by Rod D. Martin
September 18, 2015
A major study has found that reading the Bible four days or more per week greatly affects the behavior of the reader. But the bad news for Sunday Christians is, reading the Bible three days a week or less barely affects behavior at all.
The study, produced by the Center for Bible Engagement, examined data from over 40,000 Americans ranging in age from eight to more than 80 over a period of several years. Surveys included both random samples of the general population and of self-identified Christians, with participants from virtually every walk of life.
Though nine out of ten Americans own a Bible, and a clear majority of Americans believe it is the inspired Word of God, a clear majority in every age group reads it sporadically at best. Only between a fifth and a quarter read it one to three days a week; just 15% read the Bible four days a week or more.
Among self-identified Born Again Christians the numbers are better, but not so much as one might hope. Roughly a third told the researchers that they virtually never read the Bible, while 45% of teens and 32% of adults read it one to three days per week. On the good side, almost 40% of Born Again teens and adults read the Bible four days per week or more.
For that group, Christianity clearly changed lives. It turns out that listening to God makes an enormous, measurable difference in how one lives.
Controlling for other factors such as age, sex, church attendance and so forth, those reading the Word most days of the week were 57% less likely to get drunk, 61% less likely to use pornography, 68% less likely to engage in sex outside of marriage, and 74% less likely to gamble. They were also 228% more likely to share their faith, 231% more likely to disciple another person, and 407% more likely to memorize Scripture.
The big question, of course, is “more or less likely” than whom? Perhaps the study’s most striking result is that it doesn’t matter. For many key behaviors including extramarital sex, there is no statistically significant difference between people who read the Bible one to three days a week and people who never bother to read it at all.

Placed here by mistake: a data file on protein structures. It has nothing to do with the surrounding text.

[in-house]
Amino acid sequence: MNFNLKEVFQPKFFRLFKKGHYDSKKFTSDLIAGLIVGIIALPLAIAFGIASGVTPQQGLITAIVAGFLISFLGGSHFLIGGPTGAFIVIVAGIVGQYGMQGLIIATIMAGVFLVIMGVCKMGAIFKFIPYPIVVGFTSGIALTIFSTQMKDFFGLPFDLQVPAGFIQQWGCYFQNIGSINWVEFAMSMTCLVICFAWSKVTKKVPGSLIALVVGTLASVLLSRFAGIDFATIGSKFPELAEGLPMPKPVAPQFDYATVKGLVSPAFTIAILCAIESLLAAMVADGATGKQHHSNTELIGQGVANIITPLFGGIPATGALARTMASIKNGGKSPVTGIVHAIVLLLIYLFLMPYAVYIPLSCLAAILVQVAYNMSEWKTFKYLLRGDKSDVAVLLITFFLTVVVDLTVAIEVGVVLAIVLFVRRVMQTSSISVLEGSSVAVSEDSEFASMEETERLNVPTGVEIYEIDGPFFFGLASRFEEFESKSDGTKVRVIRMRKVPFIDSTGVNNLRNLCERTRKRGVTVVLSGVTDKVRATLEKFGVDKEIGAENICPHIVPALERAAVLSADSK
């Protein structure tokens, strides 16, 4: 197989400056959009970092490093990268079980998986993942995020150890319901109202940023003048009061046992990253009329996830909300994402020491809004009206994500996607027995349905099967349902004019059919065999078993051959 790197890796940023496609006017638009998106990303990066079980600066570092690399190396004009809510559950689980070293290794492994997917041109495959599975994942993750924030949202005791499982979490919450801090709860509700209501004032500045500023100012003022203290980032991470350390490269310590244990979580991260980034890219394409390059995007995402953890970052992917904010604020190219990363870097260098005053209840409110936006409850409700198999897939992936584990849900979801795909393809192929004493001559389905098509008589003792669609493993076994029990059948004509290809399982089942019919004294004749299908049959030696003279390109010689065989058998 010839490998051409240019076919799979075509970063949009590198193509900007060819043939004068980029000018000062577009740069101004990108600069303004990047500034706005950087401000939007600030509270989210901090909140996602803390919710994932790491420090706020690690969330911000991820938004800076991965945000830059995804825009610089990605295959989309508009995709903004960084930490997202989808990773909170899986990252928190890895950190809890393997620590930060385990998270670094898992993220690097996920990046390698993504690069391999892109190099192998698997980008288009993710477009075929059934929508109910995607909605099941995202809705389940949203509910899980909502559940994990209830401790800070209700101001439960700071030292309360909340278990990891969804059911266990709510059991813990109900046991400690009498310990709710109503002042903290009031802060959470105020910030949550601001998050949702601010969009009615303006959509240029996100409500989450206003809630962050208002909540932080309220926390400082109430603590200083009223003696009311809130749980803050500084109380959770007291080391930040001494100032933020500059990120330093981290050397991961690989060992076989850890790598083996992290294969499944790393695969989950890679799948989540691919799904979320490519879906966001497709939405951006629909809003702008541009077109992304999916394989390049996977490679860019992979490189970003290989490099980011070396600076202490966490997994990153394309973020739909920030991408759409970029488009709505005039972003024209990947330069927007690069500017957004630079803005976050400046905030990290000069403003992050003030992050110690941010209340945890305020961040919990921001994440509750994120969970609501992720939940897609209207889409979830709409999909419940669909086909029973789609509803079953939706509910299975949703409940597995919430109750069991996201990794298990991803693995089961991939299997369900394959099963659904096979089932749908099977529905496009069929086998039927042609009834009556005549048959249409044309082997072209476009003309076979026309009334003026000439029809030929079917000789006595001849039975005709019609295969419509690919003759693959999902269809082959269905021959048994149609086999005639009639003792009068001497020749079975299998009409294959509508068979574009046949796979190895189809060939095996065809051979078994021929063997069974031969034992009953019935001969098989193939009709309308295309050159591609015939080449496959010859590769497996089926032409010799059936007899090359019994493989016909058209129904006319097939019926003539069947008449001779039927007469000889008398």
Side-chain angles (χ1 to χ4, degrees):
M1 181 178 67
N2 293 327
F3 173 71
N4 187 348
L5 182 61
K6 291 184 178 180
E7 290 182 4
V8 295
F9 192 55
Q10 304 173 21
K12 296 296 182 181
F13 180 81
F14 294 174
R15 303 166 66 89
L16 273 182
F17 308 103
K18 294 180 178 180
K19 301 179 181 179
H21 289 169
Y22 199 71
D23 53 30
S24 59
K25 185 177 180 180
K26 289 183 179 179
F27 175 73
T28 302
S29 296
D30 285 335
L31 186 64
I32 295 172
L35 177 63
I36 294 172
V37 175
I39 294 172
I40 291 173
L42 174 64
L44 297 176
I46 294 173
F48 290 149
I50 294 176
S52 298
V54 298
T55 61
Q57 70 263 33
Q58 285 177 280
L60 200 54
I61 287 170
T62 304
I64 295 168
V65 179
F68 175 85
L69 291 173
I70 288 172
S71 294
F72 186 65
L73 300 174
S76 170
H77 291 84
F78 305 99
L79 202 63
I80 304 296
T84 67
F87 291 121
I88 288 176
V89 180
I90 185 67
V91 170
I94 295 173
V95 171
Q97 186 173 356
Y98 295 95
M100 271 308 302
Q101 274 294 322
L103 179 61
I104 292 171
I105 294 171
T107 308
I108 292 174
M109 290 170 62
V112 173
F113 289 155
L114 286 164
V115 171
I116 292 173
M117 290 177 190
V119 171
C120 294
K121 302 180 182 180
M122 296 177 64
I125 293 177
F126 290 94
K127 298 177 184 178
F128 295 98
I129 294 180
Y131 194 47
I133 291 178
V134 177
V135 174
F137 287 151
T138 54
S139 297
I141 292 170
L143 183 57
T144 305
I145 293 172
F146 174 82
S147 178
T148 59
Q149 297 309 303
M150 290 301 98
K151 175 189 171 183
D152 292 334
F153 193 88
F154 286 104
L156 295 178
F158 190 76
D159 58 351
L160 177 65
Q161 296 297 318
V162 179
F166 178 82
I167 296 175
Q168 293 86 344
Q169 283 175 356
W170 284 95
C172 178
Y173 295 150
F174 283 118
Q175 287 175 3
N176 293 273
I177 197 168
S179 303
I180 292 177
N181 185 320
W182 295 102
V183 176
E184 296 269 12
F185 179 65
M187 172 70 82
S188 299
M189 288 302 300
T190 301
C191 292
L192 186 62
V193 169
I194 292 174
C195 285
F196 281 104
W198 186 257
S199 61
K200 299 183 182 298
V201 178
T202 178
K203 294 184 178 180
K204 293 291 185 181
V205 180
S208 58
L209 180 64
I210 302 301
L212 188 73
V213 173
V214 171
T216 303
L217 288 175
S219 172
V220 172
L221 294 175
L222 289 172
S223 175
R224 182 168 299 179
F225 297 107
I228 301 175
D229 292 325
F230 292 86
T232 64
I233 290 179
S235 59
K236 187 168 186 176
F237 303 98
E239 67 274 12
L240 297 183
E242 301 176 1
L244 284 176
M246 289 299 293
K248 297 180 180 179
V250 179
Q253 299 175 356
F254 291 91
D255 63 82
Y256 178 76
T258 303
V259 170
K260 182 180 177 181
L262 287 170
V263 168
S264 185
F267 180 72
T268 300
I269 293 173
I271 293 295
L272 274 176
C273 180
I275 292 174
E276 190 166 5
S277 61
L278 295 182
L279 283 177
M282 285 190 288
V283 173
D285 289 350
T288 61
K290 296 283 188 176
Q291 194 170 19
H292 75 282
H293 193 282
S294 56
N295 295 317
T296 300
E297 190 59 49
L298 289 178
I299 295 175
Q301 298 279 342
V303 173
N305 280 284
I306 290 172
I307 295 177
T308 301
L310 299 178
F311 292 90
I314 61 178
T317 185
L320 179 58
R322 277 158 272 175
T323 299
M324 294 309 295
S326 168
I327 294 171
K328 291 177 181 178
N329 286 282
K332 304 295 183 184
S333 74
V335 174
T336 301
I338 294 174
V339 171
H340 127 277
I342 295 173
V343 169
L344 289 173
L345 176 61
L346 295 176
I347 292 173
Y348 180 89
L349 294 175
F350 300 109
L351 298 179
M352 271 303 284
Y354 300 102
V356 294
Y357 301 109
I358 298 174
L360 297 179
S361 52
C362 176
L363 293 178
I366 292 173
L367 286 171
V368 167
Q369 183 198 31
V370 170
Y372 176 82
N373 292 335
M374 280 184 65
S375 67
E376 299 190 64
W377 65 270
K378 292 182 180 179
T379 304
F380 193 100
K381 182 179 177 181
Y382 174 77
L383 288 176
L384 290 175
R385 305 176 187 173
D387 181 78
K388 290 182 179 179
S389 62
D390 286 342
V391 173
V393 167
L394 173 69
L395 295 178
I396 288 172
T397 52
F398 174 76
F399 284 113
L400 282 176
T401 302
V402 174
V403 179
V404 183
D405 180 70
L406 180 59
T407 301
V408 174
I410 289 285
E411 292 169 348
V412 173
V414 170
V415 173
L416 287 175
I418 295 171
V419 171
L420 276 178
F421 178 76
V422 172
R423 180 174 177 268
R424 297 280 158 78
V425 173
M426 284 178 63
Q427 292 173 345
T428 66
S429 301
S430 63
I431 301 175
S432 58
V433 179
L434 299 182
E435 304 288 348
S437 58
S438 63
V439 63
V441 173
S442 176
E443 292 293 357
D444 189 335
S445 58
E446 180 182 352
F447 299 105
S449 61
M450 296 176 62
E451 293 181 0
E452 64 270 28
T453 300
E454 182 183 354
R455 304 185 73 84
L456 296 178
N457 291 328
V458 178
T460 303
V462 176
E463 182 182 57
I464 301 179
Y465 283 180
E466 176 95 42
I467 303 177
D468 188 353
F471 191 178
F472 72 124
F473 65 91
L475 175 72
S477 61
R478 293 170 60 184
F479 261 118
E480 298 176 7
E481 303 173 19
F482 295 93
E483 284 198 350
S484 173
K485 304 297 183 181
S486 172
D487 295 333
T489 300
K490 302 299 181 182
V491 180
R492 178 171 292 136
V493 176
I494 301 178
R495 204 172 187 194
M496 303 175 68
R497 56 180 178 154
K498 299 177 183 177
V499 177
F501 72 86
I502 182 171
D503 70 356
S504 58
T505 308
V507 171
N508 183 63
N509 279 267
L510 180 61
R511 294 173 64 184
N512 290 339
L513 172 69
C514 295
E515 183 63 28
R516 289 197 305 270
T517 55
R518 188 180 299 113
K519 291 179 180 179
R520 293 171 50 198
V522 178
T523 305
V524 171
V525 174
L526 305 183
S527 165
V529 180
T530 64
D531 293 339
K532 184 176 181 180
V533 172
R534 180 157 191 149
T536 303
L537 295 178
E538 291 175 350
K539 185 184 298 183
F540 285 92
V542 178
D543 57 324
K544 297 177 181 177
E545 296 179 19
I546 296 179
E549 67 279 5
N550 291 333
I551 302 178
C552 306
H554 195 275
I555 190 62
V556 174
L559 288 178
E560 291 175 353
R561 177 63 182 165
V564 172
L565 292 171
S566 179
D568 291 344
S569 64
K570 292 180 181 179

In other words, regular Bible reading can do more to change your life than anything but regeneration itself, but if you’re doing it haphazardly (as most Christians do), you’re kidding yourself. You might as well just be a pagan.
That finding, no doubt, will be about as popular as the one that tells us walking 5 minutes a day, three days a month won’t actually improve fitness; or that blowing off your algebra class all semester and cramming for the final doesn’t improve one’s understanding of math. But that doesn’t make it any less true.
Interestingly enough, the study found far less correlation between behavior, whether good or bad, and other spiritual measures such as church attendance and prayer. But this shouldn’t surprise us. Self-reported “prayer” means different things to different people; and church attendance, while important, has never been enough. The term “Sunday Christian” exists precisely because we know that for faith to be real believers must live it beyond the church door.
Regular Bible reading actually transforms us. It’s not just one of those things we ought to get around to: it is itself life. If our bondage is to sin, what the CBE study shows is that Jesus wasn’t speaking in platitudes when He said that “if you continue in My Word…you will know the truth, and the truth will make you free.”
This article was originally published as part of my Beyond the Church Door series in the Florida Baptist Witness.
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